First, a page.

In an effort to reverse declining birth rates, a member of Iran’s parliamentary health committee has announced that Iran plans to eliminate family-planning programs.
“Providing this bill is passed, pre-marriage education and contraception at clinics will be removed,” Dr. Shahla Mir Galoy Bayat told Iranian Labor News Agency. “The bill to prevent declining birth rates will … suspend the free contraceptives that have been provided to the people.”
This is not the first time Iranian officials have proposed slashing family-planning programs. In 2012, Iran’s then-Health Minister Marzieh Vahid Dastjerdi announced that family-planning programs would be replaced by fertility programs.
Iran’s fertility rate, currently 1.7, is “below the replacement level” of 2.1, UN Chief of Population Policy Vinod Mishra told Al-Monitor in 2012. Mishra described what was happening in Iran as “one of the most dramatic declines in the world.”
Former President Mahmoud Ahmadinejad was one of the first Iranian officials to address this issue. “The country has a potential for a population of 150 million,” he said in April 2010. Supreme Leader Ayatollah Ali Khamenei reiterated the same goal in 2011, saying, “I believe that our country, with the potential that we have, can have a population of 150 million. Any plan to stop population growth should take place after a population of 150 million.”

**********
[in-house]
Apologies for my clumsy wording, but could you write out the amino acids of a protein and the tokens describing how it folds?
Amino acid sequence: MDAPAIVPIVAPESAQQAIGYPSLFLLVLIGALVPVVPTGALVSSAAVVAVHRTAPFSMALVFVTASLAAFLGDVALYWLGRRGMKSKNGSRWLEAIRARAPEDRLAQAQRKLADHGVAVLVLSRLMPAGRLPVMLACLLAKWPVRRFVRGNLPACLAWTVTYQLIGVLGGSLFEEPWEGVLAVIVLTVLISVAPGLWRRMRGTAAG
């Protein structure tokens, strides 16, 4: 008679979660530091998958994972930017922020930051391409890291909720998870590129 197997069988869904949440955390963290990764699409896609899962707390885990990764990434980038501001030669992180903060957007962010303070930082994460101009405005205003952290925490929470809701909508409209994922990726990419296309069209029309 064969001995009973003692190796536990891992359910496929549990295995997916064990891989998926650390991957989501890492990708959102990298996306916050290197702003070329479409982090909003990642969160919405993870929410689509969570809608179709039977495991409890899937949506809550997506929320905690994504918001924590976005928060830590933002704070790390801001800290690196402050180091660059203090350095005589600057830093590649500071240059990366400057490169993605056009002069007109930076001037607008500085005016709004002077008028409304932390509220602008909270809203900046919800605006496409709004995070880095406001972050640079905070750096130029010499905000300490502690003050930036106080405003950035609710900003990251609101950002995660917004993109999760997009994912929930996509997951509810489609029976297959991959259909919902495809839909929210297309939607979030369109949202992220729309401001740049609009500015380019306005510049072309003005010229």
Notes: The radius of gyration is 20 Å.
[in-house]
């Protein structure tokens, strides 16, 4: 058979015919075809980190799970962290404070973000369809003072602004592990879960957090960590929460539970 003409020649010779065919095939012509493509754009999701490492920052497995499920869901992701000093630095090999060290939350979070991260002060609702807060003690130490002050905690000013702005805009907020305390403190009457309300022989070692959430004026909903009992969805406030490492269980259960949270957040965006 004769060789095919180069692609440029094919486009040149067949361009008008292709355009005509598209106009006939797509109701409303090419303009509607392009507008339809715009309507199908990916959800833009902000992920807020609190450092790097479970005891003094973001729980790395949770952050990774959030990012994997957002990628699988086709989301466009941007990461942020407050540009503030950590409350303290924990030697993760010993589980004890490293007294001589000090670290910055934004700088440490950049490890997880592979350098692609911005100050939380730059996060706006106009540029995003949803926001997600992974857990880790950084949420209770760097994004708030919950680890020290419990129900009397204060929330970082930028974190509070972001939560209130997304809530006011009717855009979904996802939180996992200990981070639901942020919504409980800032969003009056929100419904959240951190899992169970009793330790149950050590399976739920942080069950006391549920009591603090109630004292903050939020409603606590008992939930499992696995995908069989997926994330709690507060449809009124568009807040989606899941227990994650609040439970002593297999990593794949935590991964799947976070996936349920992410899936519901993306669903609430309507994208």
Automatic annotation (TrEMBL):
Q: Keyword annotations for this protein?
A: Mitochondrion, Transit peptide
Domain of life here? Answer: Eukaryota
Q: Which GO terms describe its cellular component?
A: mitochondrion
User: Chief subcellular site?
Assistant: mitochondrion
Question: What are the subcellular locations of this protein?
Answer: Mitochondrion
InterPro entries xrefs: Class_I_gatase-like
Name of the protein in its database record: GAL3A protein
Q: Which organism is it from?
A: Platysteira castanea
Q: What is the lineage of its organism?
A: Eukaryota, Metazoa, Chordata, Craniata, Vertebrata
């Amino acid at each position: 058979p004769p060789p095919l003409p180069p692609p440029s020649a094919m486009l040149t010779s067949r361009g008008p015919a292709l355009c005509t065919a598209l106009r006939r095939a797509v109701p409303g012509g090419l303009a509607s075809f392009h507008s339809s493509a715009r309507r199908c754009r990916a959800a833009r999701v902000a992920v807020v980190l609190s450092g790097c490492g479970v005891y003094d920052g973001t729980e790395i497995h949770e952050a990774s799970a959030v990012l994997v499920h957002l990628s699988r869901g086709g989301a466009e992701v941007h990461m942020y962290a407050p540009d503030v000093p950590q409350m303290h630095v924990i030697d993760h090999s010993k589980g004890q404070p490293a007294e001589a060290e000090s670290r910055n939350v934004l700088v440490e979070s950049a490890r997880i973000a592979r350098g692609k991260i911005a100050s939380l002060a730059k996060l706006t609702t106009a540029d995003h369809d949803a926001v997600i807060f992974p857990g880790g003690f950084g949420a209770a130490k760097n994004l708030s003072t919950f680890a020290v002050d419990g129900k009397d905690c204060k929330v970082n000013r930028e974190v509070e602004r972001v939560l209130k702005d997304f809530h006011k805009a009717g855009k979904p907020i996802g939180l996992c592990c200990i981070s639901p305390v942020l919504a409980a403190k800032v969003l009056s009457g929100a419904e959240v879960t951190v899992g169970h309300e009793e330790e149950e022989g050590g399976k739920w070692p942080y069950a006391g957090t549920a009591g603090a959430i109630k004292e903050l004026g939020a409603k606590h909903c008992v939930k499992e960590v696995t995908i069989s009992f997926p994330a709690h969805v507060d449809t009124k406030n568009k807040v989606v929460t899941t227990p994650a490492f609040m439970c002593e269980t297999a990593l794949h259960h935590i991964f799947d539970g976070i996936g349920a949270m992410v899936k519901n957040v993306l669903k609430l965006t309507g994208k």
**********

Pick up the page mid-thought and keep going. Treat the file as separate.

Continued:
Iran received the 2000 United Nations Population Award for its successful population-control program in the 1990s. It established nationwide clinics that offered birth control and vasectomies. The clinics trained locals familiar with the languages and customs in Iran’s villages and provinces to work there. But in 2012, Ayatollah Khamenei said that Iran’s population-control program of the 1990s was “a mistake.”
Several other factors contributed to Iran’s declining birth rates, such as a large percentage of female participation in higher education and the work force, increasing divorce rates and a struggling economy. Reversing declining birth rates is an extremely difficult task that few countries have successfully completed.
Dr. Bayat said that the families themselves must now pay for birth control. As for “families that think that they have had enough children and are not inclined to have any more children, these services will not be offered for free to them and [they will] have to accept the cost of a vasectomy.”
She added that there would be exceptions. “As a surgeon and a specialist, I believe we cannot completely eliminate contraceptives, because some people need contraceptives.” She added, “An individual with AIDS must use contraception. Also, an individual with heart trouble cannot not use contraception, because that will result in death.” She also said that some individuals would need birth-control pills, so they would not be removed from drug stores.
Dr. Bayat added that once the bill is discussed in an open session of parliament, its various aspects would be examined to avoid creating problems.